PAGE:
The values that advertising and marketing portray have changed the way we think and feel about ourselves, our lives and what we consider important. As marketers we play with, and try our best to change, what is trusted and distrusted in order to persuade the consumer to buy from us.

The trouble is that our consumer, with greater access to information than ever before, is starting to see behind the messages, and often they don’t like what they see. They are becoming more empowered, more demanding and raising the bar. As they peer behind the messages into the companies generating them they are rapidly concluding that they can’t trust businesses, their brands, their advertising and above all their motivations.

The Result: either costs will increase as we have to try harder to persuade and reduce prices as everything commoditises and all markets become zero loyalty as consumers assume that all businesses and brands are as bad as each other.

The Challenge: to move our businesses and the brands that represent them towards a more sustainable, better model. To challenge ourselves as marketers to take on the responsibility not just for driving sales but commit ourselves and our brands to building positive social capital and through this finally regain trust.

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Fear will continue to be the dominant trend of the coming years. As we continue to deal with the fallout from the financial collapse, repay our individual and national debts and deal with the environmental consequences of an economy built on mass consumption being able to connect and deal with consumer frustrations and fears will be increasingly important.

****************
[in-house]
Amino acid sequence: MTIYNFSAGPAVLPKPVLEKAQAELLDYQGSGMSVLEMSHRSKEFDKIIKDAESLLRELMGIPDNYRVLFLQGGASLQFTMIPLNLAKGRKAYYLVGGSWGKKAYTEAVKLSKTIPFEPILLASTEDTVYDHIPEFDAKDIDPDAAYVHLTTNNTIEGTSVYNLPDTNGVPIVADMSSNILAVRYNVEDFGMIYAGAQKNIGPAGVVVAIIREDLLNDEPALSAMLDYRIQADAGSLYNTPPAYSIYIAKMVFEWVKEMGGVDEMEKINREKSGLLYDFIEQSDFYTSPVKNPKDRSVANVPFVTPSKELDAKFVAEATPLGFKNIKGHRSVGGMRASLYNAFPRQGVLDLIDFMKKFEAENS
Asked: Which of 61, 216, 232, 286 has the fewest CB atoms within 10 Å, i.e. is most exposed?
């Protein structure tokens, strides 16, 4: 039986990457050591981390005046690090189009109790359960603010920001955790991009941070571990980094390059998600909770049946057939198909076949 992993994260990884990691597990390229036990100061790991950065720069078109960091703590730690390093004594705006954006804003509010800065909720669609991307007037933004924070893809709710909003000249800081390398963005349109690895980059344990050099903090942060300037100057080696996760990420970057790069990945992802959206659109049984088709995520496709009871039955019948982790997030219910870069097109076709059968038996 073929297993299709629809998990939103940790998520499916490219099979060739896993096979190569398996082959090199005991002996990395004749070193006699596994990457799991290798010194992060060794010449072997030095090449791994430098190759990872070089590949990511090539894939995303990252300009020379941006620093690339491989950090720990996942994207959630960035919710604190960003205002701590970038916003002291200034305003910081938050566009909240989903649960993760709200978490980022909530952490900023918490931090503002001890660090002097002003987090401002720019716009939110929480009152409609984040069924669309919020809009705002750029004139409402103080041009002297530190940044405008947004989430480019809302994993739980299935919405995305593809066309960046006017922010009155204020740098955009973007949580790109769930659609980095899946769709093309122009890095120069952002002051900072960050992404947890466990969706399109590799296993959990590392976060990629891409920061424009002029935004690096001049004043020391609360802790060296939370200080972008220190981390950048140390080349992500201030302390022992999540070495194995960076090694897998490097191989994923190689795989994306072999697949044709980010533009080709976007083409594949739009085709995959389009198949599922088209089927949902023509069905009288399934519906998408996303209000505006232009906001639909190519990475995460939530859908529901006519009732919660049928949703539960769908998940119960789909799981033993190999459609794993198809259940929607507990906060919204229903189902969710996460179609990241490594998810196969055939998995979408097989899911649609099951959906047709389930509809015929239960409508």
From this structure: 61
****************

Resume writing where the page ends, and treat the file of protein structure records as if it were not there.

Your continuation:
Understanding the risks and fears that a consumer is taking and helping them deal with these realities can create deeper, more profitable relationships. But understanding risk and fear is something modern marketers don’t seem to be very good at. Lucian Camp, Chairman of the advertising group Tangible and an independent consultant looked at the communications of financial products in the 1990s recession in the UK, and compared them with those in the current economic difficulties.

He found many of the brands in the 1990s recession used the harsh realities of unemployment and economic instability to connect with their potential consumer and sell product. Fast-forward to the recession of the last few years and financial advertising has continued to be dominated by the ‘people dancing down the beach happily,’ or happy-go-lucky sort of creative. Focusing overly on the positive means that the realities of life are largely denied in marketing. The risk is that brands become even more fantastic and less about solving day-to-day issues.

Most of us have only practised our trade in good times and therefore its unsurprising that we find it difficult to connect through risk and more downbeat messages. Going back to basics and understanding the role and real consumer needs that we are targeting and getting comfortable talking about difficult, potentially fear based situations, will be a skill that we would be wise to learn.

For the complete guide on how to create trust in your businesses and brands get your copy of Why Should Anyone Buy from You? BUY NOW